14-06-2011

The form of porcelain stoneware

Porcelain Tile,

Ariostea, Stonepeak, Porcelaingres,

Materials are basic components of architectural design, and their form, whether traditional or high-tech, express a building’s aesthetic continuity.



The form of porcelain stoneware
A building has a complete form that allows people to live inside and outside it, but the building is also made up of smaller parts, such as bricks, tiles, beams and roofs which are in turn made out of materials which are normally of natural origin. If we focus on this latter aspect, materials, we might state that their appearance is their form and, on a different scale, the form of the building. This expression helps us to see how clay, feldspar, kaolin and sand are the basic materials of architecture and of porcelain stoneware. These raw materials may be used to produce all the elements required to make a building, and used to construct infinite forms of architecture. An interesting aspect of this breakdown of construction elements, before they become orders or structures, is that both traditional brick and technical porcelain stoneware tiles are made out of the raw materials of architecture. As if in an unusual spiral of DNA, they have certain common features and may be considered similar, though they form different elements with different cultural references and functions. A game almost bordering on the paradoxical, but based on truth, if we consider the form of things as the appearance of material. Bricks and porcelain stoneware are made out of clay, to continue what we were saying, and differences may be found in the traditional or high-tech production process, in the dimensions of the unit or in performance, but not in the basic material. Seen from this point of view, these two components of architecture have the same expressive power and the same historical dignity.
It is interesting to consider what is apparently the lesser-known of the two: the porcelain stoneware tile. Let us take a few examples of production and look at them in terms of materials. The Cotto High-tech collection by Porcelaingres with its typical terra cotta colour openly declares its origin, while at the same time adding to the material innovations in performance such as impermeability to acids, dirt and frost. The original material is the same as that of the other building components, but it is processed in a way which makes it invulnerable. Another example may be found in Ariostea’s Iridium collection, in which colour, unlike the collection we looked at above, seems to deny the material’s origins and emphasise its form, revealed through the design of tile units. In this case, pigments are added to the basic material components to create a solid coloured porcelain stoneware, meaning that the entire tile is the same colour throughout if cut and viewed in cross section, so that colour is not lost if the tiles are worn. This material marks a milestone in the history of porcelain stoneware in that it may be worked in three dimensions, as in the Touch series by Stonepeak. The tiles in this collection have etched surfaces that give them a rarefied look, almost as if they were dissolving. The eye perceives the material as soft, while the origin of the form, or the appearance of the material, retains the solidity of fired clay, feldspar, kaolin and sand.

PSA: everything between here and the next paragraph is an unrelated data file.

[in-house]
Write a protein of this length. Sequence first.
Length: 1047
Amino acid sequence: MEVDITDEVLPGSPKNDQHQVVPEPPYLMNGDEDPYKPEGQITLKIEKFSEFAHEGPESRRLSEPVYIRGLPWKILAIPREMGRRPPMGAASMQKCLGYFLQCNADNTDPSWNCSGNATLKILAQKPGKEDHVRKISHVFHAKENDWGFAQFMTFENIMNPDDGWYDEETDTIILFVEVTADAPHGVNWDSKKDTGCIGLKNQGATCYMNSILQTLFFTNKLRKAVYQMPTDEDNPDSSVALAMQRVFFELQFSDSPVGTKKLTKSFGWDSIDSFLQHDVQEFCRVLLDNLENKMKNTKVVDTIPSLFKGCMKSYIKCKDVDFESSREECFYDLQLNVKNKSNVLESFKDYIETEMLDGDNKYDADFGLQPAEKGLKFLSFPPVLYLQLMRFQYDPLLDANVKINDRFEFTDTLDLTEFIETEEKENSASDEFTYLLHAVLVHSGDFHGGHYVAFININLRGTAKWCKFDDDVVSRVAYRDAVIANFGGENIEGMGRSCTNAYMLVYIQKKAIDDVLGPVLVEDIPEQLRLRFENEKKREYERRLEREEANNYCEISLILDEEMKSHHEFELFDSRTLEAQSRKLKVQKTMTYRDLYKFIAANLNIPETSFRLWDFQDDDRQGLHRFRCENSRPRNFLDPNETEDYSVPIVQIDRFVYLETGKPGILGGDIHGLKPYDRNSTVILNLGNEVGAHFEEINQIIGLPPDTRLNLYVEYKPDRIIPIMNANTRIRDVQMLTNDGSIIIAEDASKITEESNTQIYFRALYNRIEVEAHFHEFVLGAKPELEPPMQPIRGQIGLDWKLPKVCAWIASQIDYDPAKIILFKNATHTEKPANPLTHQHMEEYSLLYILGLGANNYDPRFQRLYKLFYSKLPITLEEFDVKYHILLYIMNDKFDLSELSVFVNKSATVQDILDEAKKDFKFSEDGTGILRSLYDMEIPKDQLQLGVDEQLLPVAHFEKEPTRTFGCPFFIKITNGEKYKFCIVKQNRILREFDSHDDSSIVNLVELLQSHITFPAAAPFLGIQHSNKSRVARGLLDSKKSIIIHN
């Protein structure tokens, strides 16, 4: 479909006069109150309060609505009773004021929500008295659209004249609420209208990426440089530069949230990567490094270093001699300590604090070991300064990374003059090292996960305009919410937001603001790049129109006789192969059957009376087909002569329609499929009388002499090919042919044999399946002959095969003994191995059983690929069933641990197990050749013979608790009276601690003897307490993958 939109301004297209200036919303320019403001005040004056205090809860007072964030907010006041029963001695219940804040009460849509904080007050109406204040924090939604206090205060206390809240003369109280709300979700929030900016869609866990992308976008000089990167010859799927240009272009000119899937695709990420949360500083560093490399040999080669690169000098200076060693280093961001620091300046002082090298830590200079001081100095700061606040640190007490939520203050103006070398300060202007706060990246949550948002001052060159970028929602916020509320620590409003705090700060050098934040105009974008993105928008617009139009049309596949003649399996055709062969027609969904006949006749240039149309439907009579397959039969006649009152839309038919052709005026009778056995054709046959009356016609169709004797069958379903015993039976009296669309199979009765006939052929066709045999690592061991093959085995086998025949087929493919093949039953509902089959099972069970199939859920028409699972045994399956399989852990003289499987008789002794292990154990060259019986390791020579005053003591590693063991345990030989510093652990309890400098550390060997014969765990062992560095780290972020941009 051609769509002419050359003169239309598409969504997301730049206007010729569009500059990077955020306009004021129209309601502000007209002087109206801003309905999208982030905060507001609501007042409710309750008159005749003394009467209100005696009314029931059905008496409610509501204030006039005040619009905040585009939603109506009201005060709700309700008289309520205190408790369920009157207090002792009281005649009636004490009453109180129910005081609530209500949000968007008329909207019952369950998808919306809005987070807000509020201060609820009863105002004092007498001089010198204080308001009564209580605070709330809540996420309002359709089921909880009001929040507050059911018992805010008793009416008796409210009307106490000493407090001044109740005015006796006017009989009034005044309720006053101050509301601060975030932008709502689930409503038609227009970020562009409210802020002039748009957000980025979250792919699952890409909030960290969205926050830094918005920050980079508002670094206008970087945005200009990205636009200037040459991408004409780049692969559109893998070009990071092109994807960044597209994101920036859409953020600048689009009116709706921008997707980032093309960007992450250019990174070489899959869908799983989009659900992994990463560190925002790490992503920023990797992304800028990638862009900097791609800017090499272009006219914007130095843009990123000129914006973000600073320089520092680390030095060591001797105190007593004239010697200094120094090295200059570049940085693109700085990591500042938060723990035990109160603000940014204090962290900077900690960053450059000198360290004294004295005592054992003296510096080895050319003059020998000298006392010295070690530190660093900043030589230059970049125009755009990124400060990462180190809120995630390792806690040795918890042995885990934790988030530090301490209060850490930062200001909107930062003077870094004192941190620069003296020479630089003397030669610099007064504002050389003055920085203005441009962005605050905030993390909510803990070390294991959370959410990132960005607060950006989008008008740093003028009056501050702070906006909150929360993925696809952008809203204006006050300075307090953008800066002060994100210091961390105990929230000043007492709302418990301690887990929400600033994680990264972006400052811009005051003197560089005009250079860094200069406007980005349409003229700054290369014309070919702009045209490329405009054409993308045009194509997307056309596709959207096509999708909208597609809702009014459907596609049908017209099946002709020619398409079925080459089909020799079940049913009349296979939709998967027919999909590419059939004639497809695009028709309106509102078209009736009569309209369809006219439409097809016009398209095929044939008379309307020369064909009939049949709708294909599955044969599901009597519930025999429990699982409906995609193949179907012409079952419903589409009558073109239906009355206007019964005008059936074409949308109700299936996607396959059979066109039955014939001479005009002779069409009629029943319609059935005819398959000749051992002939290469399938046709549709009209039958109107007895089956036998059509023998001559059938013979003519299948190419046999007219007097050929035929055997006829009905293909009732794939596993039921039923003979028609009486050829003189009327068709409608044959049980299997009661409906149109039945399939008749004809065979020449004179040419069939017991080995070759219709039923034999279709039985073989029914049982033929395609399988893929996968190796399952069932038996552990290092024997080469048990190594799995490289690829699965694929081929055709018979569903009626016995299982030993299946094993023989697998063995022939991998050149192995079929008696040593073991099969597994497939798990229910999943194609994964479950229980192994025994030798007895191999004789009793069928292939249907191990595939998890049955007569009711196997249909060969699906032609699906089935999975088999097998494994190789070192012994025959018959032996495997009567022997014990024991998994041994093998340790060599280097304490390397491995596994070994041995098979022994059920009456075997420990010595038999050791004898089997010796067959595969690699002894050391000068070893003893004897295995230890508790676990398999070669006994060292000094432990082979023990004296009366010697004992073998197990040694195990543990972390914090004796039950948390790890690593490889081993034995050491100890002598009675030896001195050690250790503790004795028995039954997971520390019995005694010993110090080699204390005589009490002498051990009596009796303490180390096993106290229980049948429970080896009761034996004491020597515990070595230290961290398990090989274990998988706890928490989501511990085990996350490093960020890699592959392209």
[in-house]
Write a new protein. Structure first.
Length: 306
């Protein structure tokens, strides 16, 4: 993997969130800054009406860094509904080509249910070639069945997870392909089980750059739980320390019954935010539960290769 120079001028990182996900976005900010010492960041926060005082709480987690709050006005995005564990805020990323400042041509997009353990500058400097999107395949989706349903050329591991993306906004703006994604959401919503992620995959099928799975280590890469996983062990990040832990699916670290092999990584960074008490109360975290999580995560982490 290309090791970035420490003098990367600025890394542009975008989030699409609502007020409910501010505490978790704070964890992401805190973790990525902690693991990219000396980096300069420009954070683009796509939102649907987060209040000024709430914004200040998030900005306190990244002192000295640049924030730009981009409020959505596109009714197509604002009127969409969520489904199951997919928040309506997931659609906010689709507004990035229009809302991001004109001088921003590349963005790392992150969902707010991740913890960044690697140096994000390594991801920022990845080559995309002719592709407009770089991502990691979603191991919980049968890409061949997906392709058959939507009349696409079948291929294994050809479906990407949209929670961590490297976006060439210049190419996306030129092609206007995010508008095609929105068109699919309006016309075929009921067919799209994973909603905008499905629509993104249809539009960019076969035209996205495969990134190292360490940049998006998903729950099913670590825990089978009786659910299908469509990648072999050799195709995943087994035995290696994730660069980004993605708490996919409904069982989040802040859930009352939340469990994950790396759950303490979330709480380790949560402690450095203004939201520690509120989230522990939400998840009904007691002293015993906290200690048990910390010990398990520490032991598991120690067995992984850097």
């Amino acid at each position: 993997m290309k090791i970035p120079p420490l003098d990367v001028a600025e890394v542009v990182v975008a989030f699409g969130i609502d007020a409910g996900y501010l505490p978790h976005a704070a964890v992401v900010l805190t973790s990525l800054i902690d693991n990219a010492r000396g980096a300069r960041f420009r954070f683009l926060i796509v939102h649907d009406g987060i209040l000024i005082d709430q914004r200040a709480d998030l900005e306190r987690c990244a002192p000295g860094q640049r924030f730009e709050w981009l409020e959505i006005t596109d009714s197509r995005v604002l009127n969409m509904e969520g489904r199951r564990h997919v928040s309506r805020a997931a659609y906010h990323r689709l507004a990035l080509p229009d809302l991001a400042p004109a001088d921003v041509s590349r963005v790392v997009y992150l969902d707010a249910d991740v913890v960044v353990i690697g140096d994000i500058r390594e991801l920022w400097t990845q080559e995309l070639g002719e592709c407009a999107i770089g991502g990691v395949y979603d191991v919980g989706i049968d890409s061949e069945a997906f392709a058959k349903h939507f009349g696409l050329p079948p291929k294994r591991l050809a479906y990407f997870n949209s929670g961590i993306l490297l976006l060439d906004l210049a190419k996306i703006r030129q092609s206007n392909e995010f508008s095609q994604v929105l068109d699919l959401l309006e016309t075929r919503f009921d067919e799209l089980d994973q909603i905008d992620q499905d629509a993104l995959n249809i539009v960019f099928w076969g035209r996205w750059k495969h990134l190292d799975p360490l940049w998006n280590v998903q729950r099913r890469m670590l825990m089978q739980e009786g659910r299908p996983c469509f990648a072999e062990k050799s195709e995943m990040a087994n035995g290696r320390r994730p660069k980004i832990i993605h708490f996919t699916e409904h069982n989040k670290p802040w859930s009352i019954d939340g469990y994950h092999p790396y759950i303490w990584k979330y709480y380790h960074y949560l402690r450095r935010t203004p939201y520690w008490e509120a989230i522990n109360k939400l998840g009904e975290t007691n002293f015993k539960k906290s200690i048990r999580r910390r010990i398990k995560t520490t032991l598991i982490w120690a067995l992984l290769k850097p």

These three examples of products underline the fact that working on the design of material may generate construction units with a new aesthetic for traditional raw materials.

Porcelaingres
Ariostea
Stonepeak


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